August 28th, 2008
The Public Policy Institute of California released a poll yesterday showing that Proposition 8 continues to have limited appeal.
Proposition 8, which would amend the state Constitution to allow marriage only between a man and a woman, is trailing 40% to 54% among likely voters, according to the poll. In a separate question, pollsters asked respondents if they support or oppose allowing gay men and lesbians to marry. On that question, Californians were evenly split, 47% to 47%.
This is the fourth major poll and it confirms the results of previous polling and seems to illustrate that the LA Times poll was likely an anomaly:
May 20-21, LA Times
May 17-26, Field Poll (average of two questions)
July 8-14, Field Poll
August 12-19, PPIC
Other than the LA Times poll, these are all within the margin of error and seem to indicate that the opposition to the proposition is fairly solid.
I’ve not seen the response of Yes on Proposition 8, but I can project a couple likely claims.
The anti-marriage activists will likely point to the question about whether Californians favor allowing same-sex couples to marry and announce that less than half of Californians are in favor. They may also claim that this is a decrease (though the PPIC reports that this hasn’t changed since August 2005).
Additionally I suspect that they will point out that anti-marriage Californians are more passionate in their support for Proposition 8; and the PPIC report does support that claim. Of those intending to vote yes, 57% said the outcome is “very important” while only 44% of those opposing Proposition 8 placed the outcome in the highest level of importance. Those stating the results to be “somewhat important” were 29% and 31%, respectively.
However, even if only those who place the highest importance on the results of the vote showed up at the polls, opponents would still outnumber supporters. And if “somewhat important” voters are added in, the proposition would lose in a landslide.
In this original BTB Investigation, we unveil the tragic story of Kirk Murphy, a four-year-old boy who was treated for “cross-gender disturbance” in 1970 by a young grad student by the name of George Rekers. This story is a stark reminder that there are severe and damaging consequences when therapists try to ensure that boys will be boys.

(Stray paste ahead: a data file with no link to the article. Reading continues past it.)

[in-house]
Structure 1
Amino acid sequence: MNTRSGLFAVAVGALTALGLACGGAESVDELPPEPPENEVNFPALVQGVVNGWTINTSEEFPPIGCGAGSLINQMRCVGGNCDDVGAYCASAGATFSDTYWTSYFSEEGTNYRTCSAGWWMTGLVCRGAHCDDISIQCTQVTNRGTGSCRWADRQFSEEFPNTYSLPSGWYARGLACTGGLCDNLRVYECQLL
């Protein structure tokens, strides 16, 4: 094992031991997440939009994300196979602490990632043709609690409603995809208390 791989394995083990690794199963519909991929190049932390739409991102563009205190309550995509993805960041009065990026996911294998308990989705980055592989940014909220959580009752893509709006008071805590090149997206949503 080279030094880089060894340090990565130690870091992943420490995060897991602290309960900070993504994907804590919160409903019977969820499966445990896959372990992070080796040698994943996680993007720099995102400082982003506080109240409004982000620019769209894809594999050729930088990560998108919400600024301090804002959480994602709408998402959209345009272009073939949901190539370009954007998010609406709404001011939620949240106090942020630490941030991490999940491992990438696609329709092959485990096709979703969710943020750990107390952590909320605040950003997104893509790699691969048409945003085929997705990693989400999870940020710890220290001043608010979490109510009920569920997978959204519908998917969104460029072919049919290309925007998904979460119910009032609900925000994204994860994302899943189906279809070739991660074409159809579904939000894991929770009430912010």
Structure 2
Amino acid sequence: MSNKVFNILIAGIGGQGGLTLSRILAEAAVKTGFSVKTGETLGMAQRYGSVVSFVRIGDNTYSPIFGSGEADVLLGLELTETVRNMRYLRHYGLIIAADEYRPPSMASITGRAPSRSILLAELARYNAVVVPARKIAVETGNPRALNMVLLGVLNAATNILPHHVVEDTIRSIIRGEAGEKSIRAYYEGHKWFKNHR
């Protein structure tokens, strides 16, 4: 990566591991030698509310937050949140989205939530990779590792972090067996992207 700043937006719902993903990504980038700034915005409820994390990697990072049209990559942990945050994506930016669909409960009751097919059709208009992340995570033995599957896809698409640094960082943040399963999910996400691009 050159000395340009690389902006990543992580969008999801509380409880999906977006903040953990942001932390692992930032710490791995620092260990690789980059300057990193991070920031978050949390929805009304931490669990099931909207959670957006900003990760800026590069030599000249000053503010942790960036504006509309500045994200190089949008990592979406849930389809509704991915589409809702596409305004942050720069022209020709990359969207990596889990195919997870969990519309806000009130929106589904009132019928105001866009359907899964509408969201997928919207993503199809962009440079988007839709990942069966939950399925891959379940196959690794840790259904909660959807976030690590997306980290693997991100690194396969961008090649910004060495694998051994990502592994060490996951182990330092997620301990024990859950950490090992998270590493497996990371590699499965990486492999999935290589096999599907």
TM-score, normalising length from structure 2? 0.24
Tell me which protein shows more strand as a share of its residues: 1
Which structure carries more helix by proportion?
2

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In 2005, the Southern Poverty Law Center wrote that “[Paul] Cameron’s ‘science’ echoes Nazi Germany.” What the SPLC didn”t know was Cameron doesn’t just “echo” Nazi Germany. He quoted extensively from one of the Final Solution’s architects. This puts his fascination with quarantines, mandatory tattoos, and extermination being a “plausible idea” in a whole new and deeply disturbing light.
On February 10, I attended an all-day “Love Won Out” ex-gay conference in Phoenix, put on by Focus on the Family and Exodus International. In this series of reports, I talk about what I learned there: the people who go to these conferences, the things that they hear, and what this all means for them, their families and for the rest of us.
Prologue: Why I Went To “Love Won Out”
Part 1: What’s Love Got To Do With It?
Part 2: Parents Struggle With “No Exceptions”
Part 3: A Whole New Dialect
Part 4: It Depends On How The Meaning of the Word "Change" Changes
Part 5: A Candid Explanation For "Change"
Using the same research methods employed by most anti-gay political pressure groups, we examine the statistics and the case studies that dispel many of the myths about heterosexuality. Download your copy today!
And don‘t miss our companion report, How To Write An Anti-Gay Tract In Fifteen Easy Steps.
Anti-gay activists often charge that gay men and women pose a threat to children. In this report, we explore the supposed connection between homosexuality and child sexual abuse, the conclusions reached by the most knowledgeable professionals in the field, and how anti-gay activists continue to ignore their findings. This has tremendous consequences, not just for gay men and women, but more importantly for the safety of all our children.
Anti-gay activists often cite the “Dutch Study” to claim that gay unions last only about 1½ years and that the these men have an average of eight additional partners per year outside of their steady relationship. In this report, we will take you step by step into the study to see whether the claims are true.
Tony Perkins’ Family Research Council submitted an Amicus Brief to the Maryland Court of Appeals as that court prepared to consider the issue of gay marriage. We examine just one small section of that brief to reveal the junk science and fraudulent claims of the Family “Research” Council.
The FBI’s annual Hate Crime Statistics aren’t as complete as they ought to be, and their report for 2004 was no exception. In fact, their most recent report has quite a few glaring holes. Holes big enough for Daniel Fetty to fall through.